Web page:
Feeds

Apple caves in over FireWire licensing

Mac maker to share IEEE1394 patent rights

  • alert
  • submit to reddit

Providing a secure and efficient Helpdesk

Apple has bowed to pressure from the computer and consumer electronics industries, and changed its royalty system for the IEEE1394 digital interface system, also known as FireWire. The company today announced it was forming a 'patent pool' with key FireWire licensees Compaq, Sony, Matsushita/Panasonic, Philips and Toshiba. Together, the six companies will develop and implement a collective licensing programme. In effect, the move takes Apple's FireWire intellectual property and shares it out among the six companies, though whether they each have an equal share isn't known. The announcement follows the widespread criticism targeted at Apple earlier this year when it emerged the company was charging newer licensees a $1-a-port royalty (see Apple caught charging crafty FireWire fee). Numerous PC manufacturers and peripheral vendors claimed the company was unjustified in seeking a royalty for FireWire, since, as IEEE1394, it was an open standard. In fact, as The Register pointed out, IEEE regulations permit IP owners to charge a royalty for the use of that IP even though it may be part of an IEEE standard. However, there remained the issue of whether Apple's royalty was too high and might limit the take-up of FireWire as the next peripheral interconnect standard. At the time, Apple said all royalties were open to negotiation and so would not inhibit the acceptance of the standard. However, the patent pooling move suggests that the Sony, Compaq and co. felt the reverse would be true. Most of the companies in the pool long ago paid an up-front $7500 charge for unlimited access to Apple's FireWire IP. Today's deal shows Apple has accepted its patent pool partners' viewpoint and sends out the message that FireWire is no longer in the hands of a single company. Still, it does represent a significant loss of face for Apple, though ultimately it will gain from the deal through the (hopefully) aggressive adoption of FireWire that its partners are now boasting will take place. ® See also Anti-Apple FireWire firms propose alternative spec Apple's FireWire licensing -- the debate rages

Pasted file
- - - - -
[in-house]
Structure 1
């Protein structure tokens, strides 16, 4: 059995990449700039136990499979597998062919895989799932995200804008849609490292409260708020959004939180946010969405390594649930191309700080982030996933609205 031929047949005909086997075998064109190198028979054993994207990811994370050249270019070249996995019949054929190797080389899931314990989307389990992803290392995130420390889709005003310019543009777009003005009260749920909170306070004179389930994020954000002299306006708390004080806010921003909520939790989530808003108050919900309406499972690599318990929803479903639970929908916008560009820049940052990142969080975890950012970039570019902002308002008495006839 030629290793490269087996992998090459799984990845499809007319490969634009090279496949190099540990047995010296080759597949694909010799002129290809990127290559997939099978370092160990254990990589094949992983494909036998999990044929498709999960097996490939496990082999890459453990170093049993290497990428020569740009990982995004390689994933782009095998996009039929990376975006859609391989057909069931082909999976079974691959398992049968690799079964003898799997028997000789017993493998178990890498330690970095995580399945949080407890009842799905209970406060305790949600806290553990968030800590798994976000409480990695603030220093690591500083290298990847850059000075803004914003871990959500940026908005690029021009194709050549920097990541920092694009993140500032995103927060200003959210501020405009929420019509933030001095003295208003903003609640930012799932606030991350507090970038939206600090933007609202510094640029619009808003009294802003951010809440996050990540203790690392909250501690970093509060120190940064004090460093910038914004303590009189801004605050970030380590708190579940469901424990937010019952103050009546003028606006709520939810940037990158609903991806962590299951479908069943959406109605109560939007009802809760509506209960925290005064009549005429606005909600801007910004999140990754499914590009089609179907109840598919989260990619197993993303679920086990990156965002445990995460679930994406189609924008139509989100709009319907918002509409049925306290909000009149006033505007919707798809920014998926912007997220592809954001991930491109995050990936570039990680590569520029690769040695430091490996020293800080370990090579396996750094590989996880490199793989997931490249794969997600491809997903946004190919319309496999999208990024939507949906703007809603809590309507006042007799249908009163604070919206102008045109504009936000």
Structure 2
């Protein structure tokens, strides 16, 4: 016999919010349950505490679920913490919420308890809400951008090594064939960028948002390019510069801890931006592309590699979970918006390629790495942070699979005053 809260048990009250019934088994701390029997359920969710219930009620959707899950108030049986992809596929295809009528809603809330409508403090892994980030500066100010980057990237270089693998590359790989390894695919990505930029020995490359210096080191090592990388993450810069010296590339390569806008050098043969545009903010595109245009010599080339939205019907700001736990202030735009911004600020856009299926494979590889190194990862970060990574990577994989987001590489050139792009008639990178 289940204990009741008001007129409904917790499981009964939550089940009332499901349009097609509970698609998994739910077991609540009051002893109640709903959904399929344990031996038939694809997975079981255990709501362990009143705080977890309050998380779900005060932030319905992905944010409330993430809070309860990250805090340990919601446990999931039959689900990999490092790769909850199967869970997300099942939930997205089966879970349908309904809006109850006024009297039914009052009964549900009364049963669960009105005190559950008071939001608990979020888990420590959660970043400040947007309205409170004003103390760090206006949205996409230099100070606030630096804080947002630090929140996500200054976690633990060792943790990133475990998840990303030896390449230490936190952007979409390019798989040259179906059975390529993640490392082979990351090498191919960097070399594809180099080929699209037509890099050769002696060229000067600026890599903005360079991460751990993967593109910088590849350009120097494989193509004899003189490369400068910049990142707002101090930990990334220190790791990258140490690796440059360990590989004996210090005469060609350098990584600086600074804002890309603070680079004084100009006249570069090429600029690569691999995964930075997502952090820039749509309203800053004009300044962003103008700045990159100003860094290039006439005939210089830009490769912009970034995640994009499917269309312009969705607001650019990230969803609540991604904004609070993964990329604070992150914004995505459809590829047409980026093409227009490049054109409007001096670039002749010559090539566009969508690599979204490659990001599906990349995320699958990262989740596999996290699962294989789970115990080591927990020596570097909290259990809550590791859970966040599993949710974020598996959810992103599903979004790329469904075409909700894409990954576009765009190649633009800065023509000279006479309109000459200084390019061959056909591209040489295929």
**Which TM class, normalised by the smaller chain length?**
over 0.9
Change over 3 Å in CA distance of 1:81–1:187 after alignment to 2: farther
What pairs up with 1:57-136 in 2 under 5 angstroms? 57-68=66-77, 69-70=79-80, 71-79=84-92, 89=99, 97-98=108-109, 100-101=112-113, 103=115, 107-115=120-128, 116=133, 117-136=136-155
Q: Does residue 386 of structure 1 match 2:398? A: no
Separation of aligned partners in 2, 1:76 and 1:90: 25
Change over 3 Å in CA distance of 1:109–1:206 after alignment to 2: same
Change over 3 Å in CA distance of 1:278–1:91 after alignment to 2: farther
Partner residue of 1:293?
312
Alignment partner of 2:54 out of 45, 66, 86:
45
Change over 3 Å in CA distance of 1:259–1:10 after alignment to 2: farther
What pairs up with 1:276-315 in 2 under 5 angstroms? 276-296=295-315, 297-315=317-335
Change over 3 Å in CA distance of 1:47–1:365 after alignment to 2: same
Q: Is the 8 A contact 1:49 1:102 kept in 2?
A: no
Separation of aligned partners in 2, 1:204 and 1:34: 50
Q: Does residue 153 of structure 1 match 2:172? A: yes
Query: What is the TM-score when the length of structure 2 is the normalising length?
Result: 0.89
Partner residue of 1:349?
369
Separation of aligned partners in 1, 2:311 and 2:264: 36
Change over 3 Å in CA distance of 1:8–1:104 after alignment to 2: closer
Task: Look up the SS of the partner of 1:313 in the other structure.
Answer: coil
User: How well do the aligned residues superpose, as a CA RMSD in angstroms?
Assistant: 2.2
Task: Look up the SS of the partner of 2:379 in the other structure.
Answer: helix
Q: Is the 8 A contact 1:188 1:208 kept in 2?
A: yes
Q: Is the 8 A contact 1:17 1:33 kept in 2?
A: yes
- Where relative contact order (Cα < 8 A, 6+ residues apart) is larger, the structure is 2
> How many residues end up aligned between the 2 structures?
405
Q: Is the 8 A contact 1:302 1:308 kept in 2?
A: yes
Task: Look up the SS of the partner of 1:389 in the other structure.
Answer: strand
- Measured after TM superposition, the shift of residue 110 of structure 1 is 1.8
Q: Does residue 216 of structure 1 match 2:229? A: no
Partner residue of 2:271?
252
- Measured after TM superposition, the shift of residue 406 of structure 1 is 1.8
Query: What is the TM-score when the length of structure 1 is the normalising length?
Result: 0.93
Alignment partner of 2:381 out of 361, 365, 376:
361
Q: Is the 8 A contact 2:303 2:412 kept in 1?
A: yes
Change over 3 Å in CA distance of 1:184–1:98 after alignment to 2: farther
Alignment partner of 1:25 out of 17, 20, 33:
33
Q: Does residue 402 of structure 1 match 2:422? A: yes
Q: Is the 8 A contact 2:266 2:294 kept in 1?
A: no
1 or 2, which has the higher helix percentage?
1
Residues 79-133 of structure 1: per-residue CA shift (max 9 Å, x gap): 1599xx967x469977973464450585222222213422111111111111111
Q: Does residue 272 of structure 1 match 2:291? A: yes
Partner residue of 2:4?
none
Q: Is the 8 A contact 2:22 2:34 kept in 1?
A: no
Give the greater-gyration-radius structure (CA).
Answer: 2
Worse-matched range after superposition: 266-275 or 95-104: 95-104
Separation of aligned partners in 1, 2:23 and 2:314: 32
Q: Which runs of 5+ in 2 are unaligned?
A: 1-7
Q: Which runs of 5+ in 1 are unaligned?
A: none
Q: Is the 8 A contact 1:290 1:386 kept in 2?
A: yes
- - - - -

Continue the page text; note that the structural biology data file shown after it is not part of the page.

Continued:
Providing a secure and efficient Helpdesk

More from The Register

next story
Phones 4u slips into administration after EE cuts ties with Brit mobe retailer
More than 5,500 jobs could be axed if rescue mission fails
Driving with an Apple Watch could land you with a £100 FINE
Bad news for tech-addicted fanbois behind the wheel
Phones 4u website DIES as wounded mobe retailer struggles to stay above water
Founder blames 'ruthless network partners' for implosion
Radio hams can encrypt, in emergencies, says Ofcom
Consultation promises new spectrum and hints at relaxed licence conditions
Special pleading against mass surveillance won't help anyone
Protecting journalists alone won't protect their sources
Big Content Australia just blew a big hole in its credibility
AHEDA's research on average content prices did not expose methodology, so appears less than rigourous
Vodafone to buy 140 Phones 4u stores from stricken retailer
887 jobs 'preserved' in the process, says administrator PwC
prev story

Whitepapers

Secure remote control for conventional and virtual desktops
Balancing user privacy and privileged access, in accordance with compliance frameworks and legislation. Evaluating any potential remote control choice.
Intelligent flash storage arrays
Tegile Intelligent Storage Arrays with IntelliFlash helps IT boost storage utilization and effciency while delivering unmatched storage savings and performance.
WIN a very cool portable ZX Spectrum
Win a one-off portable Spectrum built by legendary hardware hacker Ben Heck
High Performance for All
While HPC is not new, it has traditionally been seen as a specialist area – is it now geared up to meet more mainstream requirements?
Beginner's guide to SSL certificates
De-mystify the technology involved and give you the information you need to make the best decision when considering your online security options.